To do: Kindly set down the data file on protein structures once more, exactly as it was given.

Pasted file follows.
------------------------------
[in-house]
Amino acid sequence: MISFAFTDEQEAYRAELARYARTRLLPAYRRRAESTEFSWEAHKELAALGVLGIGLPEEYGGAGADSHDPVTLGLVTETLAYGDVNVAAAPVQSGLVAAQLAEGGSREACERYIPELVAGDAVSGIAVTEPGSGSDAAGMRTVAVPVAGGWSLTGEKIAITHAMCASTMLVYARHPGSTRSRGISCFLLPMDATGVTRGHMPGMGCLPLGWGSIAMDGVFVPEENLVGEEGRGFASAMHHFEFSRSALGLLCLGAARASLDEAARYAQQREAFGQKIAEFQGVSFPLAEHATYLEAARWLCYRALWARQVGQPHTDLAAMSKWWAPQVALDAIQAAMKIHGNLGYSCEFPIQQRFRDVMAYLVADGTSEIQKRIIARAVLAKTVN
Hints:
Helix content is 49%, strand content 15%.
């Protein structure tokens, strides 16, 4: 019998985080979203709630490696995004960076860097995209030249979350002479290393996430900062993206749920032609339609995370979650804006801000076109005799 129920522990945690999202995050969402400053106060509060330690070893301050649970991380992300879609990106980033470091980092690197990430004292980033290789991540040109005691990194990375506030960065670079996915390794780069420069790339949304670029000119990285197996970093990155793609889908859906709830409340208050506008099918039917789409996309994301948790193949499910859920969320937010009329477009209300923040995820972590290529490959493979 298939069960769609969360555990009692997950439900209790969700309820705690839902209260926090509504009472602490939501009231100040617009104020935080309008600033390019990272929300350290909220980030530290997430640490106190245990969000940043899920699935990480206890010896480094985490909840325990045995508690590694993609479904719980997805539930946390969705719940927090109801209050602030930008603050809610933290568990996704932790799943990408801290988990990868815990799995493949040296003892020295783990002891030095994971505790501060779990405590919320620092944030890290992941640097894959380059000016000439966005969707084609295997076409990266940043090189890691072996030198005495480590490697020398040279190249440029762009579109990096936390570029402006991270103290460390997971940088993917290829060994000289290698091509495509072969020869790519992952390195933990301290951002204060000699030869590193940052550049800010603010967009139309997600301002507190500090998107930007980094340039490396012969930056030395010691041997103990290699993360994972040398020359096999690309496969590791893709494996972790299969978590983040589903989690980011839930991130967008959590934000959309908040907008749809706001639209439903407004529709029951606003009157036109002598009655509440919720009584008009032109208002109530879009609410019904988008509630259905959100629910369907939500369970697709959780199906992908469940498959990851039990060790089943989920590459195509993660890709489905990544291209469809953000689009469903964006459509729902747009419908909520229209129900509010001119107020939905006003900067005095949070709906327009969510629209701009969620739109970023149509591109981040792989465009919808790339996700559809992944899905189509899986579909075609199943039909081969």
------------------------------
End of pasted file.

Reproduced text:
[in-house]
Amino acid sequence: MISFAFTDEQEAYRAELARYARTRLLPAYRRRAESTEFSWEAHKELAALGVLGIGLPEEYGGAGADSHDPVTLGLVTETLAYGDVNVAAAPVQSGLVAAQLAEGGSREACERYIPELVAGDAVSGIAVTEPGSGSDAAGMRTVAVPVAGGWSLTGEKIAITHAMCASTMLVYARHPGSTRSRGISCFLLPMDATGVTRGHMPGMGCLPLGWGSIAMDGVFVPEENLVGEEGRGFASAMHHFEFSRSALGLLCLGAARASLDEAARYAQQREAFGQKIAEFQGVSFPLAEHATYLEAARWLCYRALWARQVGQPHTDLAAMSKWWAPQVALDAIQAAMKIHGNLGYSCEFPIQQRFRDVMAYLVADGTSEIQKRIIARAVLAKTVN
Hints:
Helix content is 49%, strand content 15%.
């Protein structure tokens, strides 16, 4: 019998985080979203709630490696995004960076860097995209030249979350002479290393996430900062993206749920032609339609995370979650804006801000076109005799 129920522990945690999202995050969402400053106060509060330690070893301050649970991380992300879609990106980033470091980092690197990430004292980033290789991540040109005691990194990375506030960065670079996915390794780069420069790339949304670029000119990285197996970093990155793609889908859906709830409340208050506008099918039917789409996309994301948790193949499910859920969320937010009329477009209300923040995820972590290529490959493979 298939069960769609969360555990009692997950439900209790969700309820705690839902209260926090509504009472602490939501009231100040617009104020935080309008600033390019990272929300350290909220980030530290997430640490106190245990969000940043899920699935990480206890010896480094985490909840325990045995508690590694993609479904719980997805539930946390969705719940927090109801209050602030930008603050809610933290568990996704932790799943990408801290988990990868815990799995493949040296003892020295783990002891030095994971505790501060779990405590919320620092944030890290992941640097894959380059000016000439966005969707084609295997076409990266940043090189890691072996030198005495480590490697020398040279190249440029762009579109990096936390570029402006991270103290460390997971940088993917290829060994000289290698091509495509072969020869790519992952390195933990301290951002204060000699030869590193940052550049800010603010967009139309997600301002507190500090998107930007980094340039490396012969930056030395010691041997103990290699993360994972040398020359096999690309496969590791893709494996972790299969978590983040589903989690980011839930991130967008959590934000959309908040907008749809706001639209439903407004529709029951606003009157036109002598009655509440919720009584008009032109208002109530879009609410019904988008509630259905959100629910369907939500369970697709959780199906992908469940498959990851039990060790089943989920590459195509993660890709489905990544291209469809953000689009469903964006459509729902747009419908909520229209129900509010001119107020939905006003900067005095949070709906327009969510629209701009969620739109970023149509591109981040792989465009919808790339996700559809992944899905189509899986579909075609199943039909081969």